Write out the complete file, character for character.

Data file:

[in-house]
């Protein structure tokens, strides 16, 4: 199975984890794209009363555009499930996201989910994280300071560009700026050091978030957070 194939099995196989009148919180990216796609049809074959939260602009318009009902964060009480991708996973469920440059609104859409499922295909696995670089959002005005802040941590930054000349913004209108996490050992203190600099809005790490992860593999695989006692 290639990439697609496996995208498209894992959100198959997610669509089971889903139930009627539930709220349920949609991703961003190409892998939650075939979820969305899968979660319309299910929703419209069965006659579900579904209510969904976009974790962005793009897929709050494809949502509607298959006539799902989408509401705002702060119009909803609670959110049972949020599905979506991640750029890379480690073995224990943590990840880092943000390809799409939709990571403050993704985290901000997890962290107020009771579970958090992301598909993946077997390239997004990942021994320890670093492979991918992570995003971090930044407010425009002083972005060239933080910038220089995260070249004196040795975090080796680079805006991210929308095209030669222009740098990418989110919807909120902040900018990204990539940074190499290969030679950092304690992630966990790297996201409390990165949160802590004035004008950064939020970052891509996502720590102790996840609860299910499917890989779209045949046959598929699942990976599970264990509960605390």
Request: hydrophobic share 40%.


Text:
[in-house]
């Protein structure tokens, strides 16, 4: 199975984890794209009363555009499930996201989910994280300071560009700026050091978030957070 194939099995196989009148919180990216796609049809074959939260602009318009009902964060009480991708996973469920440059609104859409499922295909696995670089959002005005802040941590930054000349913004209108996490050992203190600099809005790490992860593999695989006692 290639990439697609496996995208498209894992959100198959997610669509089971889903139930009627539930709220349920949609991703961003190409892998939650075939979820969305899968979660319309299910929703419209069965006659579900579904209510969904976009974790962005793009897929709050494809949502509607298959006539799902989408509401705002702060119009909803609670959110049972949020599905979506991640750029890379480690073995224990943590990840880092943000390809799409939709990571403050993704985290901000997890962290107020009771579970958090992301598909993946077997390239997004990942021994320890670093492979991918992570995003971090930044407010425009002083972005060239933080910038220089995260070249004196040795975090080796680079805006991210929308095209030669222009740098990418989110919807909120902040900018990204990539940074190499290969030679950092304690992630966990790297996201409390990165949160802590004035004008950064939020970052891509996502720590102790996840609860299910499917890989779209045949046959598929699942990976599970264990509960605390």
Request: hydrophobic share 40%.